The Treaty of
Rastatt was a peace treaty between France and Austria,
concluded on 7 March 1714 in the Baden city of Rastatt, to put an end
to state of war between them from the War of the Spanish Succession.
The treaty followed the earlier
Treaty of Utrecht
Treaty of Utrecht of 11 April 1713,
which ended hostilities between France and Spain, on the one hand, and
Britain and the Dutch Republic, on the other hand. A third treaty at
Baden, Switzerland was required to end the hostilities between France
and the Holy Roman Empire.
By 1713, all parties to the
War of the Spanish Succession
War of the Spanish Succession were
militarily depleted and it was unlikely that the continuation of the
conflict would bring about any results in the foreseeable future. The
First Congress of
Rastatt opened in November 1713, between France and
Austria, with the negotiations culminating in the Treaty of
7 March 1714, formally ending hostilities and complementing the Treaty
of Utrecht, which had been signed the previous year.
The Treaty of
Rastatt was negotiated by Marshal of France, Claude
Louis Hector de Villars and the Austrian prince, Prince Eugene of
Rastatt Treaty is associated with changes in European politics,
associated with the shift to the balance of power politics.
2 Territorial changes
3 See also
Austria began to negotiate the treaty with France after it had been
abandoned by its allies, particularly Great Britain, during
negotiations for the Treaty of Utrecht. Great Britain feared a
possible connection of Austria and Spain in the person of the Emperor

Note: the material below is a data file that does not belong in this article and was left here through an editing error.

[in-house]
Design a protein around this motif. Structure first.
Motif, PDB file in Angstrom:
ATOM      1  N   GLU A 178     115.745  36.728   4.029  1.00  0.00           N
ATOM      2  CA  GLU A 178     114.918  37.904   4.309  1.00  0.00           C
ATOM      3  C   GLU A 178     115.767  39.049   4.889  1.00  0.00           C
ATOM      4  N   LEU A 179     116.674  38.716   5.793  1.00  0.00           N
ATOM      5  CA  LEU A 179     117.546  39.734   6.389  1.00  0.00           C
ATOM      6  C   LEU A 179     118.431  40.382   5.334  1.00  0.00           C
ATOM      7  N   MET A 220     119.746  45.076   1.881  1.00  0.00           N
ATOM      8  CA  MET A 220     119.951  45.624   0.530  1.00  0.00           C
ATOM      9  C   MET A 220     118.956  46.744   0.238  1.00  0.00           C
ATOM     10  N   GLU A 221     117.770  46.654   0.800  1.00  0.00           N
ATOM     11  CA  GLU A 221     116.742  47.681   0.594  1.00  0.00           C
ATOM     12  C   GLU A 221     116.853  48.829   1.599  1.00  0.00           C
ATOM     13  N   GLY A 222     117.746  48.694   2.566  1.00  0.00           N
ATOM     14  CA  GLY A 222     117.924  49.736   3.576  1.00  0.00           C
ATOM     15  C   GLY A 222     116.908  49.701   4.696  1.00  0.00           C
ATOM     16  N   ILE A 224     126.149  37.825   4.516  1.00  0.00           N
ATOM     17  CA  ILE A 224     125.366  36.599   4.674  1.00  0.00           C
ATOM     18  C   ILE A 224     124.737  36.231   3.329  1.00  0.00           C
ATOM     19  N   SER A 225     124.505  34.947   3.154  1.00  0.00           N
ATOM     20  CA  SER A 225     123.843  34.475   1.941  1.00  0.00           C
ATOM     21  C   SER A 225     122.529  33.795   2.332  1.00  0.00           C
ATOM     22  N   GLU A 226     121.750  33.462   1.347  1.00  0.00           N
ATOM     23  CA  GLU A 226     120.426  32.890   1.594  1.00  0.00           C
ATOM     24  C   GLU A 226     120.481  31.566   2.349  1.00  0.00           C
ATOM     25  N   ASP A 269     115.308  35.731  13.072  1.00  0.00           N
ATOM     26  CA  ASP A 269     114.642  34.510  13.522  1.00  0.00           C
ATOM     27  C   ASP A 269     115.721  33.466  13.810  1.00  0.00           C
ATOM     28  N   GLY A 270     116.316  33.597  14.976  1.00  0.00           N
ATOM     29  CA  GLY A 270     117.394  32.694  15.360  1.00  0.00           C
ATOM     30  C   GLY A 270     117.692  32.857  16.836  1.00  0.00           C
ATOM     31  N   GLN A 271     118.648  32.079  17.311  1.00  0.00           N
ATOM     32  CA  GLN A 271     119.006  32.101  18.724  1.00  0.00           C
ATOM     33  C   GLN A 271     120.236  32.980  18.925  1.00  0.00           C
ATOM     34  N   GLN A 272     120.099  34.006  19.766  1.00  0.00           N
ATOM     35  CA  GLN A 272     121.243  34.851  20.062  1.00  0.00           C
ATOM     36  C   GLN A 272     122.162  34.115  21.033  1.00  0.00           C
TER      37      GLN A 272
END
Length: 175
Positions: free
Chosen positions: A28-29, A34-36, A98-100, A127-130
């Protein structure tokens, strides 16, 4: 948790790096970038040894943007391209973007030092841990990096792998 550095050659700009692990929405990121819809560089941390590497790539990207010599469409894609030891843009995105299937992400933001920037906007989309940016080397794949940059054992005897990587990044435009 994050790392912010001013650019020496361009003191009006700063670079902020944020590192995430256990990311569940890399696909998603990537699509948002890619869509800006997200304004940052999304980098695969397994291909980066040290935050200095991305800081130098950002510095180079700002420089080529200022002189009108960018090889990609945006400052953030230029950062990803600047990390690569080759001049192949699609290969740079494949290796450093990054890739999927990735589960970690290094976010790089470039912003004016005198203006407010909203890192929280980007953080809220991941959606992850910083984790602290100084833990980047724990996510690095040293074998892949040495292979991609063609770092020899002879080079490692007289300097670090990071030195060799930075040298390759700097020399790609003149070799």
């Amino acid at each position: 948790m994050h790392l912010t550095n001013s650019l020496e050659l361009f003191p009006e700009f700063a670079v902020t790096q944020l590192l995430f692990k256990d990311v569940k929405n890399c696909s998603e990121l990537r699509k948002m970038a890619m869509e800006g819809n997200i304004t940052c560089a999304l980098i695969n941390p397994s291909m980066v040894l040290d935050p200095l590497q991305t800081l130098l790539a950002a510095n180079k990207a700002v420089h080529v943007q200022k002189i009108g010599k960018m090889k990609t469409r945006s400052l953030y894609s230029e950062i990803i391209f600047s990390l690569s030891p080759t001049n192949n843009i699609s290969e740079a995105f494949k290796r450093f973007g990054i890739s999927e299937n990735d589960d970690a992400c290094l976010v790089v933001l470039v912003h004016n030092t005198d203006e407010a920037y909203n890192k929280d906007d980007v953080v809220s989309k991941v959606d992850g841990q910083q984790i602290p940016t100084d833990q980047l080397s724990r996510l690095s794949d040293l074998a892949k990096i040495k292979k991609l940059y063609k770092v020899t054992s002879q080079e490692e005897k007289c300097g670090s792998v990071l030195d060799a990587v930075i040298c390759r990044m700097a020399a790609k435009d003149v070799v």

Charles VI, who became emperor in 1711 and claimed the Spanish throne,
as it would shift the balance of power politics in Europe to Habsburg
In June 1713, France launched the
Rhine campaign (1713)
Rhine campaign (1713) against the
Holy Roman Empire, conquering Kaiserslautern,
Landau and Breisgau.
After these defeats,
Emperor Charles VI
Emperor Charles VI accepted the offer of King
Louis XIV of France to reopen negotiations.
Under the treaty, Austria received the following from Spain: the
Spanish territories in Italy of Naples, Milan, Sardinia and the
Southern Netherlands. Austria received from France
several other small areas at its eastern borders, but France retained
As a result of the treaty, the Austrian Habsburg Empire reached the
largest territorial extent in its history. It became a major power in
Western and southern Europe, in addition to its already dominant
influence in Central Europe. Moreover, bargaining in
for Austria much more than it was offered at Utrecht, at which it had
originally also participated. However,
Emperor Charles VI
Emperor Charles VI was outraged
at the loss of Spain and considered it an unacceptable failure.
For France, the Utrecht and
Rastatt Treaties confirmed the throne of
Spain for the House of Bourbon, but also denied France the additional
territorial gains it had sought, and affirmed that the thrones of
France and Spain could not be united.
List of treaties
R.R. Palmer, Joel Colton, Lloyd Kramer (2002). A History of the Modern
World. ISBN 0-07-250280-0. CS1 maint: Multiple names:
authors list (link)
Chisholm, Hugh, ed. (1911). "Treaty of Utrecht". Encyclopædia
Britannica (11th ed.). Cambridge University Press.